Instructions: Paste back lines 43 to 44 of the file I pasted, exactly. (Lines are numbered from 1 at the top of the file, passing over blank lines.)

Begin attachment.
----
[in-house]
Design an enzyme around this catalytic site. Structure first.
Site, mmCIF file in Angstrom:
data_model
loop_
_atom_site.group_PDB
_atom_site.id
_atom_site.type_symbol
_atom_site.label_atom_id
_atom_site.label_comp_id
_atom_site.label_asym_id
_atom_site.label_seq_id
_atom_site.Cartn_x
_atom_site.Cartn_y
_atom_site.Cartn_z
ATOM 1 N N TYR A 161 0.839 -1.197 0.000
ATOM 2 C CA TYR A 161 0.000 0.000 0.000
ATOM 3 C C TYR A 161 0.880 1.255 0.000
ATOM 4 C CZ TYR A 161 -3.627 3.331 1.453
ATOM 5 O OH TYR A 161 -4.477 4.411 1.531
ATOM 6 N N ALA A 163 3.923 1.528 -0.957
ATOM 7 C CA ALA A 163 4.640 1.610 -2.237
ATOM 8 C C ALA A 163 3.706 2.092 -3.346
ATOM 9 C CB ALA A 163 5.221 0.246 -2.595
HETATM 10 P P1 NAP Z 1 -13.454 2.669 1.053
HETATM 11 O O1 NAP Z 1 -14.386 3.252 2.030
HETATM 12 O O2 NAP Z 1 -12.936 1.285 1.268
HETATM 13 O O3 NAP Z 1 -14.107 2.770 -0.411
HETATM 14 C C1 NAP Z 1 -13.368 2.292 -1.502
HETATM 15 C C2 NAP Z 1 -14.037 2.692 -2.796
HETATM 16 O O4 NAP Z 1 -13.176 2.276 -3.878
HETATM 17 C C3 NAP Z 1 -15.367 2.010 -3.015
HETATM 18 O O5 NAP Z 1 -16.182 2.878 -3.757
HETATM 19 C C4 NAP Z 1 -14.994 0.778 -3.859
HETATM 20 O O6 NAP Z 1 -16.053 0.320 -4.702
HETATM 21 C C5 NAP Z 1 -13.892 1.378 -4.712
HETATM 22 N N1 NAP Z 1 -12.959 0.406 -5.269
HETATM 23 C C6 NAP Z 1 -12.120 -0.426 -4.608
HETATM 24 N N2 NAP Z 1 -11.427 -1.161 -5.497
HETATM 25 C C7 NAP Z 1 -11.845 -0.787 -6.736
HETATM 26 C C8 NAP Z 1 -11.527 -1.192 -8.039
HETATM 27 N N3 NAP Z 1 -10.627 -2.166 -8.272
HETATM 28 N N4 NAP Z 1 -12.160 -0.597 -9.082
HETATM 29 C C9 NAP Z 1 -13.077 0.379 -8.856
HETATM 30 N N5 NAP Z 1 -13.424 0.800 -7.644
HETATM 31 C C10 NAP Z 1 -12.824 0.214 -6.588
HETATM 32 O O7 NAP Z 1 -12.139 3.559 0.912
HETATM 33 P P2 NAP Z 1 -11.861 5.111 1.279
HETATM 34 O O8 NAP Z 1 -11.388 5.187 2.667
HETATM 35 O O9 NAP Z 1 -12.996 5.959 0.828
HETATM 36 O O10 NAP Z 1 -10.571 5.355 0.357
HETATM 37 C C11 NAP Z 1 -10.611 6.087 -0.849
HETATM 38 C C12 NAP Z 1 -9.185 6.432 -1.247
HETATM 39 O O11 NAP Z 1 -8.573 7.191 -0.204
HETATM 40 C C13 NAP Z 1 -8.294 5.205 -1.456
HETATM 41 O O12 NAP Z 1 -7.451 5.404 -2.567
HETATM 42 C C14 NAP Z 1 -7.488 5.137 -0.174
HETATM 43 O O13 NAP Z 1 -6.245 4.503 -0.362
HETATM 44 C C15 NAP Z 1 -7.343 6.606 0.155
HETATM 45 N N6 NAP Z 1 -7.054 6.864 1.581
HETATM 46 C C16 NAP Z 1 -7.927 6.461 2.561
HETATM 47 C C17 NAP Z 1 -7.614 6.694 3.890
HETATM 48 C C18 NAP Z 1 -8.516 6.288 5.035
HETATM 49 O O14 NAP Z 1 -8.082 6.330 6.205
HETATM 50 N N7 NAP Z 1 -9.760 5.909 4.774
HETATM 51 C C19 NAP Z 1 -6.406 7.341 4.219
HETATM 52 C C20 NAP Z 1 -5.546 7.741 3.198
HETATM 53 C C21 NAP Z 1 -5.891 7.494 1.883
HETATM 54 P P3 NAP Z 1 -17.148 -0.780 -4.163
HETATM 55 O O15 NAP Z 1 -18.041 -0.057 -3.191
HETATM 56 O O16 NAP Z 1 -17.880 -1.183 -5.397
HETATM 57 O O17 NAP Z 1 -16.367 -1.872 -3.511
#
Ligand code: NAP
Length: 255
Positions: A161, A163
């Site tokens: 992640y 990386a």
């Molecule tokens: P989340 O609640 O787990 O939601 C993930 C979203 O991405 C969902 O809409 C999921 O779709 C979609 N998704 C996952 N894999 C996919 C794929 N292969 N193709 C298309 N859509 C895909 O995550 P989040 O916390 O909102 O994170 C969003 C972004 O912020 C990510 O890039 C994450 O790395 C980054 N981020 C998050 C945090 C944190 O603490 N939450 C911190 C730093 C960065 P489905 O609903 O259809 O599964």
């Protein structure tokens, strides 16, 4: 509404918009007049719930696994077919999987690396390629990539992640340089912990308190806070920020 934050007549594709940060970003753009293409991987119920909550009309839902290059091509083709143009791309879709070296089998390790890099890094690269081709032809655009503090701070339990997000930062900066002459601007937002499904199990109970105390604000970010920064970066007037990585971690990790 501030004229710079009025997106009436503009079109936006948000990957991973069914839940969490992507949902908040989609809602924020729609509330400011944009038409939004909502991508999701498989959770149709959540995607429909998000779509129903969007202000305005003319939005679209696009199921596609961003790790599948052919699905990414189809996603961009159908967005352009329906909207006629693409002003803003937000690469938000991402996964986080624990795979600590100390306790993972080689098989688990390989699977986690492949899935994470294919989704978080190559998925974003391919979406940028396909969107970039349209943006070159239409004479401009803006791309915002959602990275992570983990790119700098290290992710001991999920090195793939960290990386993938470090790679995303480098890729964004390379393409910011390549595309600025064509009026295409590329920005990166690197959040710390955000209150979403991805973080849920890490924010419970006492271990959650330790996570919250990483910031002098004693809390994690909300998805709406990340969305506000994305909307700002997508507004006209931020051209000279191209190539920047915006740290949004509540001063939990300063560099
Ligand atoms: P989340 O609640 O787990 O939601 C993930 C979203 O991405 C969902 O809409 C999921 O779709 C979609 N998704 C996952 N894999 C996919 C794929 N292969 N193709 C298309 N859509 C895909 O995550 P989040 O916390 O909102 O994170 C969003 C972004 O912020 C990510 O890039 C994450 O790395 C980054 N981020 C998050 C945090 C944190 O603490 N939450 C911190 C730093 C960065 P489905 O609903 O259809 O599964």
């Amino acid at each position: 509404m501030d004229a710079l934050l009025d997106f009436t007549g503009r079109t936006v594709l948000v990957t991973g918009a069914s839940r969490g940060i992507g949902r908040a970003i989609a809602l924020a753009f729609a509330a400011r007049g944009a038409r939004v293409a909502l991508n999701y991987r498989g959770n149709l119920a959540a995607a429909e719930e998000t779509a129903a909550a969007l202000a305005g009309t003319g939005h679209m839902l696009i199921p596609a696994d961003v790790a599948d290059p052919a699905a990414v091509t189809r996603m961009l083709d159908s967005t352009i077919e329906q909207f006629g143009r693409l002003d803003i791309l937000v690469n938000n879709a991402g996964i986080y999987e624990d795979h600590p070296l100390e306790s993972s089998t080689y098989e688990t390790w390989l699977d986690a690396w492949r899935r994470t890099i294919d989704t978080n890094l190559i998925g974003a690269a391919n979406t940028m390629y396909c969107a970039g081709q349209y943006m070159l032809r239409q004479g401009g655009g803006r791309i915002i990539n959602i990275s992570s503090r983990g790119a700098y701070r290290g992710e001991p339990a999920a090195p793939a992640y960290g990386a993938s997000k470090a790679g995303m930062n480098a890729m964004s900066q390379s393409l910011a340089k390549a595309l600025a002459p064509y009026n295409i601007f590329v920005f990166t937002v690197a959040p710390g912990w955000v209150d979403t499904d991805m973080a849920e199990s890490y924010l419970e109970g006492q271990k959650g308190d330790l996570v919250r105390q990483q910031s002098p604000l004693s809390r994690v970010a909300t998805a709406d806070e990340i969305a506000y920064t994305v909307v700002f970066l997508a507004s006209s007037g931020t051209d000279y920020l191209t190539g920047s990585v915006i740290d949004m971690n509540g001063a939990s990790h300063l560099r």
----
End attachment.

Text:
HETATM 28 N N4 NAP Z 1 -12.160 -0.597 -9.082
HETATM 29 C C9 NAP Z 1 -13.077 0.379 -8.856